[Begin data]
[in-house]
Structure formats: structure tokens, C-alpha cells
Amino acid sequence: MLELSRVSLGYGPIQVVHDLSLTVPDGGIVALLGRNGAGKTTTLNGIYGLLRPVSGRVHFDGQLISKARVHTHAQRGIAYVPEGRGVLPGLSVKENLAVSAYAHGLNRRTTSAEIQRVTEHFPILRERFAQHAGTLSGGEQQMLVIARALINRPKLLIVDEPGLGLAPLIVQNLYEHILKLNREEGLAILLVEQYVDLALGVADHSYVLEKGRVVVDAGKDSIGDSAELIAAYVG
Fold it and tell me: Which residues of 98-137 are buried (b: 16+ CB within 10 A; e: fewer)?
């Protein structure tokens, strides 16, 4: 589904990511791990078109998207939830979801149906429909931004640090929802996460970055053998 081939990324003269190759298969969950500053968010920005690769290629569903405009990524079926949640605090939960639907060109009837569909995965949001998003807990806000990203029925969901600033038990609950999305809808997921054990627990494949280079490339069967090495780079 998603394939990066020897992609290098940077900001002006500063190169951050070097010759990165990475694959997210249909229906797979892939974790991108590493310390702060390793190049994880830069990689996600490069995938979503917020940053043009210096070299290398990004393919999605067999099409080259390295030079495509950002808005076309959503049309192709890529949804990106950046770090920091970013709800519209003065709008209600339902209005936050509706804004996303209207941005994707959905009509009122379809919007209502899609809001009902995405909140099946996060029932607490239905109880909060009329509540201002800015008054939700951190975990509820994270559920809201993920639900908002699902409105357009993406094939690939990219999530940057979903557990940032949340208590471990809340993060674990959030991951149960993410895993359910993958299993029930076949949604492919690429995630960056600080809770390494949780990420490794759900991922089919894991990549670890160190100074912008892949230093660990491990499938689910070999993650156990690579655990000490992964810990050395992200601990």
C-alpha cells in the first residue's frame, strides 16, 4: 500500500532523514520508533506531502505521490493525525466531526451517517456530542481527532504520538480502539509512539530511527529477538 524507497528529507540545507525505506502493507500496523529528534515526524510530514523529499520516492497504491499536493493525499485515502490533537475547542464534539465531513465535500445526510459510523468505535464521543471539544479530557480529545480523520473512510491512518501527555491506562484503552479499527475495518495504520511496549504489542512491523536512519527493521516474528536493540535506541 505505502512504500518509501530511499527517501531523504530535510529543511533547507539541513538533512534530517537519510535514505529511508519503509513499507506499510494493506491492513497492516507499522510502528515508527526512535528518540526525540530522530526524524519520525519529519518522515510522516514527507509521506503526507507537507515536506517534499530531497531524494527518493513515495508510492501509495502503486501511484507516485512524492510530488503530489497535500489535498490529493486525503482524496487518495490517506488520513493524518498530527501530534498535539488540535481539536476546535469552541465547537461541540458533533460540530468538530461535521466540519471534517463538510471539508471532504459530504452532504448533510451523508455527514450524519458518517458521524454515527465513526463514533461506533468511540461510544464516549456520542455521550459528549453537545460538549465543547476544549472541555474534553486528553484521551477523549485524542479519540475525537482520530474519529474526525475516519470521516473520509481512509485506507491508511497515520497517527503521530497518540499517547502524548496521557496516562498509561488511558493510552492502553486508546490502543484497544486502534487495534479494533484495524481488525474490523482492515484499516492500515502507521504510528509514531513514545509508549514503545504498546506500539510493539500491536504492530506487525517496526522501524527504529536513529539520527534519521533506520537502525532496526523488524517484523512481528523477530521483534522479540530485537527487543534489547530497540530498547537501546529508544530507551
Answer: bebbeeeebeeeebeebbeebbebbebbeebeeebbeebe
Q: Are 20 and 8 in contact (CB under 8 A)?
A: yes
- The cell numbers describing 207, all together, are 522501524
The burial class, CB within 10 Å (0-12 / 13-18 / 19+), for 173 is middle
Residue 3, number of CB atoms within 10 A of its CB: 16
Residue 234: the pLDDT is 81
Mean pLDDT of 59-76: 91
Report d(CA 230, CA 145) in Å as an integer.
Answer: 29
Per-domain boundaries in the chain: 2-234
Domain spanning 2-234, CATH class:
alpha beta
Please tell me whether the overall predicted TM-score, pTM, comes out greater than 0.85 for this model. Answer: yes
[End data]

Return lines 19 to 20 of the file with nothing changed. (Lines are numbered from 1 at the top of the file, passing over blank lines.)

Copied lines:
alpha beta
Please tell me whether the overall predicted TM-score, pTM, comes out greater than 0.85 for this model. Answer: yes